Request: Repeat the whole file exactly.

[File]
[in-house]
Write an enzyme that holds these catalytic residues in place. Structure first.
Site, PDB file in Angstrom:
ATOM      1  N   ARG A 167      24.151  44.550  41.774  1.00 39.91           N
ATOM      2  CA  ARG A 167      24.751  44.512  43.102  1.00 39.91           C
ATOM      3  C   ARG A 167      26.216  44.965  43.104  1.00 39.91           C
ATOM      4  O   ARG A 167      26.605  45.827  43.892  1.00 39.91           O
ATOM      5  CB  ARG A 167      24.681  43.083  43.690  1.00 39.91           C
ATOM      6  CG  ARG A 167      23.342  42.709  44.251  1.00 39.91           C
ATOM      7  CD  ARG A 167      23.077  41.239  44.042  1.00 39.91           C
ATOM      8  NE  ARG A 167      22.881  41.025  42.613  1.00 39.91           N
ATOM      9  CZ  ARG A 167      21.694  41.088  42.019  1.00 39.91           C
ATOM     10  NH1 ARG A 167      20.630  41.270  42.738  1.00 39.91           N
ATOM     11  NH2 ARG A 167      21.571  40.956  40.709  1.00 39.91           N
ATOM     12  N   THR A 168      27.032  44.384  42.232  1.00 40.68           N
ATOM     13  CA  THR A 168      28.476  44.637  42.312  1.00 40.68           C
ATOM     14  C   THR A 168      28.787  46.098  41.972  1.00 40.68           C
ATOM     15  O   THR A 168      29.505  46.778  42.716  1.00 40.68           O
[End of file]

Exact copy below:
[in-house]
Write an enzyme that holds these catalytic residues in place. Structure first.
Site, PDB file in Angstrom:
ATOM      1  N   ARG A 167      24.151  44.550  41.774  1.00 39.91           N
ATOM      2  CA  ARG A 167      24.751  44.512  43.102  1.00 39.91           C
ATOM      3  C   ARG A 167      26.216  44.965  43.104  1.00 39.91           C
ATOM      4  O   ARG A 167      26.605  45.827  43.892  1.00 39.91           O
ATOM      5  CB  ARG A 167      24.681  43.083  43.690  1.00 39.91           C
ATOM      6  CG  ARG A 167      23.342  42.709  44.251  1.00 39.91           C
ATOM      7  CD  ARG A 167      23.077  41.239  44.042  1.00 39.91           C
ATOM      8  NE  ARG A 167      22.881  41.025  42.613  1.00 39.91           N
ATOM      9  CZ  ARG A 167      21.694  41.088  42.019  1.00 39.91           C
ATOM     10  NH1 ARG A 167      20.630  41.270  42.738  1.00 39.91           N
ATOM     11  NH2 ARG A 167      21.571  40.956  40.709  1.00 39.91           N
ATOM     12  N   THR A 168      27.032  44.384  42.232  1.00 40.68           N
ATOM     13  CA  THR A 168      28.476  44.637  42.312  1.00 40.68           C
ATOM     14  C   THR A 168      28.787  46.098  41.972  1.00 40.68           C
ATOM     15  O   THR A 168      29.505  46.778  42.716  1.00 40.68           O